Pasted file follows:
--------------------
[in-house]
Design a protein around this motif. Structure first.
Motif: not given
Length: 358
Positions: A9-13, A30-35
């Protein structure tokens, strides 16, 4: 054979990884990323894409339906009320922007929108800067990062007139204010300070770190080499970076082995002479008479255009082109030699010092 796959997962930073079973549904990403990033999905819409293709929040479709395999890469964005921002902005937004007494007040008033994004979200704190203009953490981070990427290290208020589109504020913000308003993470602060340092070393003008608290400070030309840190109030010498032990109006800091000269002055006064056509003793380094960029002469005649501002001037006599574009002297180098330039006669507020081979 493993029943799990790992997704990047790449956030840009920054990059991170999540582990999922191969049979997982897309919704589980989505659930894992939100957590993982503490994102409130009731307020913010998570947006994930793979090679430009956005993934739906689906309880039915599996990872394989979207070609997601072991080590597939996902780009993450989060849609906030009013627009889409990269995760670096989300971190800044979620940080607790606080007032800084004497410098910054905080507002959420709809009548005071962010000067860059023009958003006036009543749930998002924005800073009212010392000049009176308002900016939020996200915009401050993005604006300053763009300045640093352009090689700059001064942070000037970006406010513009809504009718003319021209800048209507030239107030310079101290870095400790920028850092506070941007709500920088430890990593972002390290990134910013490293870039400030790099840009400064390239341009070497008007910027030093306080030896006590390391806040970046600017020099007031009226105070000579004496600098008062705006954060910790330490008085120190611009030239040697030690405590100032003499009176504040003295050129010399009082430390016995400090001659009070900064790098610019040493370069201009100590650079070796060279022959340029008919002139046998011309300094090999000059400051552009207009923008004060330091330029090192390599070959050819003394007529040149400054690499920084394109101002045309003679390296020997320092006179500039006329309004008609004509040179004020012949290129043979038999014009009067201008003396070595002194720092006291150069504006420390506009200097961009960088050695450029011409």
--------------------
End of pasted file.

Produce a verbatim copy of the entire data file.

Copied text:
[in-house]
Design a protein around this motif. Structure first.
Motif: not given
Length: 358
Positions: A9-13, A30-35
């Protein structure tokens, strides 16, 4: 054979990884990323894409339906009320922007929108800067990062007139204010300070770190080499970076082995002479008479255009082109030699010092 796959997962930073079973549904990403990033999905819409293709929040479709395999890469964005921002902005937004007494007040008033994004979200704190203009953490981070990427290290208020589109504020913000308003993470602060340092070393003008608290400070030309840190109030010498032990109006800091000269002055006064056509003793380094960029002469005649501002001037006599574009002297180098330039006669507020081979 493993029943799990790992997704990047790449956030840009920054990059991170999540582990999922191969049979997982897309919704589980989505659930894992939100957590993982503490994102409130009731307020913010998570947006994930793979090679430009956005993934739906689906309880039915599996990872394989979207070609997601072991080590597939996902780009993450989060849609906030009013627009889409990269995760670096989300971190800044979620940080607790606080007032800084004497410098910054905080507002959420709809009548005071962010000067860059023009958003006036009543749930998002924005800073009212010392000049009176308002900016939020996200915009401050993005604006300053763009300045640093352009090689700059001064942070000037970006406010513009809504009718003319021209800048209507030239107030310079101290870095400790920028850092506070941007709500920088430890990593972002390290990134910013490293870039400030790099840009400064390239341009070497008007910027030093306080030896006590390391806040970046600017020099007031009226105070000579004496600098008062705006954060910790330490008085120190611009030239040697030690405590100032003499009176504040003295050129010399009082430390016995400090001659009070900064790098610019040493370069201009100590650079070796060279022959340029008919002139046998011309300094090999000059400051552009207009923008004060330091330029090192390599070959050819003394007529040149400054690499920084394109101002045309003679390296020997320092006179500039006329309004008609004509040179004020012949290129043979038999014009009067201008003396070595002194720092006291150069504006420390506009200097961009960088050695450029011409």